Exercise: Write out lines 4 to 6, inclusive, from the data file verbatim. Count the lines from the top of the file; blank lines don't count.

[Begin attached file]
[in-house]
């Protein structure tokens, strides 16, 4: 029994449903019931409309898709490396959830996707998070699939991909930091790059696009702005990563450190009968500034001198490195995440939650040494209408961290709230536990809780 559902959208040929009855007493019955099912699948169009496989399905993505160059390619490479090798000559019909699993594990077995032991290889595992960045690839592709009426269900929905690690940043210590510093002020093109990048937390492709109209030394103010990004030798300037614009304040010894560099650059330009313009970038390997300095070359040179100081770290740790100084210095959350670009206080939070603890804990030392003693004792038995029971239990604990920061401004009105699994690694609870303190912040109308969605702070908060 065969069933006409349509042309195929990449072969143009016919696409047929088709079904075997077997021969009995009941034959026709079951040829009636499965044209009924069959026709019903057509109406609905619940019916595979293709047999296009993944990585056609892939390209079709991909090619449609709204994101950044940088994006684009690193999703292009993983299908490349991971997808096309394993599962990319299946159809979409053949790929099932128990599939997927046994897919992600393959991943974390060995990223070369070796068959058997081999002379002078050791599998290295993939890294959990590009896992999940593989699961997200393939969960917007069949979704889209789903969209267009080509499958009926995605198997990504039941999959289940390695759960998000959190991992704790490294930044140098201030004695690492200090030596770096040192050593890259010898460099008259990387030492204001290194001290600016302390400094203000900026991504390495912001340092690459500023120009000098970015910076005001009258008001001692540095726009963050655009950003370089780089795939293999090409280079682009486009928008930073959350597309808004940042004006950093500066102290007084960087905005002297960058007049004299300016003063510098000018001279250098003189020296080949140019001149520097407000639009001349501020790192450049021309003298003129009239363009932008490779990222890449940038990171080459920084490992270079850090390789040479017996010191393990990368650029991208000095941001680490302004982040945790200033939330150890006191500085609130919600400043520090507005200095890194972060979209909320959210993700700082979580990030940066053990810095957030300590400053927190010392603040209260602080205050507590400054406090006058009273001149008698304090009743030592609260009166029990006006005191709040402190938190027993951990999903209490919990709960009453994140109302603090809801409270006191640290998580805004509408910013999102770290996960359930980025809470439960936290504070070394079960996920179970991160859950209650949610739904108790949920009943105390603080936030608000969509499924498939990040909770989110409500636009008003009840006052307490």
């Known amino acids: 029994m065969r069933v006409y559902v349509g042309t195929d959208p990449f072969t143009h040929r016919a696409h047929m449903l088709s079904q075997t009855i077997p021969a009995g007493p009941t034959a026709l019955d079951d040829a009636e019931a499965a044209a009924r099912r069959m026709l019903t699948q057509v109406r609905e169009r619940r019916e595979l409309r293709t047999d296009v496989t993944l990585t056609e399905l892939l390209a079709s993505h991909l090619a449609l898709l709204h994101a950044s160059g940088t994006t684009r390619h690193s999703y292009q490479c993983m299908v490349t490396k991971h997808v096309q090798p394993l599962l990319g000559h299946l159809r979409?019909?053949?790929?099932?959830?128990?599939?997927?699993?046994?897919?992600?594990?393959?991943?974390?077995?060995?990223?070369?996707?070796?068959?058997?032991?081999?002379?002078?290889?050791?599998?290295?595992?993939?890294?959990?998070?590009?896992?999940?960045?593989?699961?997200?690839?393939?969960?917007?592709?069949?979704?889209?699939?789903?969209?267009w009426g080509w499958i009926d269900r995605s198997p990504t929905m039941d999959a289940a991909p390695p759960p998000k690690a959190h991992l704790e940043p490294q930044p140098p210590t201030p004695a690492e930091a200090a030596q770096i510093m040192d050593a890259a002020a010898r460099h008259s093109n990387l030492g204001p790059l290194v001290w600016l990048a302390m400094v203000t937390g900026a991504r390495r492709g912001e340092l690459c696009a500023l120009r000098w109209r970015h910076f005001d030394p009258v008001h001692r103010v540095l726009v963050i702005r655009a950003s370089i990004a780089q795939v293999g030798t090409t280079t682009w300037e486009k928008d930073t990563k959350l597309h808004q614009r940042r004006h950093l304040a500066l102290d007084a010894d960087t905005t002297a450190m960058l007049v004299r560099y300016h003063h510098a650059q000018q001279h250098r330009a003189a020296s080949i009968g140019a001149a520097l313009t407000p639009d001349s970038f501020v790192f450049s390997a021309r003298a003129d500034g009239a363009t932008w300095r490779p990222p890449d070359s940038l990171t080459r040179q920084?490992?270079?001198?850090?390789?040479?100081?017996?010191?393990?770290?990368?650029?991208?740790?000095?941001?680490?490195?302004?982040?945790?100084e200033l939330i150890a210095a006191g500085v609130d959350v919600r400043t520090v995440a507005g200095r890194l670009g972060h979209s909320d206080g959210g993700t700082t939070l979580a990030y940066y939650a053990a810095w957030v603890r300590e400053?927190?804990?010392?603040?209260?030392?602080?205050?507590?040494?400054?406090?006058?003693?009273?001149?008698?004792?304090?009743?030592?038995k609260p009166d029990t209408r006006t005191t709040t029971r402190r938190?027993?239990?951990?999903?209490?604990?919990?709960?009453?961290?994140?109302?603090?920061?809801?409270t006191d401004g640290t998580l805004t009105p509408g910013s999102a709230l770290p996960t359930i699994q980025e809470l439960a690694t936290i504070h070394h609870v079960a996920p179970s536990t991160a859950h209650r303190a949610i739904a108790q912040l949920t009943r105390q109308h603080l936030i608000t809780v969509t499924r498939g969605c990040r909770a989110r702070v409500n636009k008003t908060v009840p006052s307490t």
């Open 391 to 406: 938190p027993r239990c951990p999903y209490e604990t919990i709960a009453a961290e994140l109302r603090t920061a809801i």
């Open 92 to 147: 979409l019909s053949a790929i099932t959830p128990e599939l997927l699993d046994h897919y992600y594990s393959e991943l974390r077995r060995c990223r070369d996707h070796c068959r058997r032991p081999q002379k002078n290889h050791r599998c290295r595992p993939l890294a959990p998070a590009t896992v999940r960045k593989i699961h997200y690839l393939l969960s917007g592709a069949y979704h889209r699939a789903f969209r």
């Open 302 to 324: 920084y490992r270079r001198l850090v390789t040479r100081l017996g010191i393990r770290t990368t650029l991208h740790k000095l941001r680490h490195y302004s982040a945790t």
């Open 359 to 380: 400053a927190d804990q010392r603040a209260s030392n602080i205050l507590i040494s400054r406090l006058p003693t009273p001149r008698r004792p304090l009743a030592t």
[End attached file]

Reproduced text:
């Open 391 to 406: 938190p027993r239990c951990p999903y209490e604990t919990i709960a009453a961290e994140l109302r603090t920061a809801i």
């Open 92 to 147: 979409l019909s053949a790929i099932t959830p128990e599939l997927l699993d046994h897919y992600y594990s393959e991943l974390r077995r060995c990223r070369d996707h070796c068959r058997r032991p081999q002379k002078n290889h050791r599998c290295r595992p993939l890294a959990p998070a590009t896992v999940r960045k593989i699961h997200y690839l393939l969960s917007g592709a069949y979704h889209r699939a789903f969209r």
């Open 302 to 324: 920084y490992r270079r001198l850090v390789t040479r100081l017996g010191i393990r770290t990368t650029l991208h740790k000095l941001r680490h490195y302004s982040a945790t």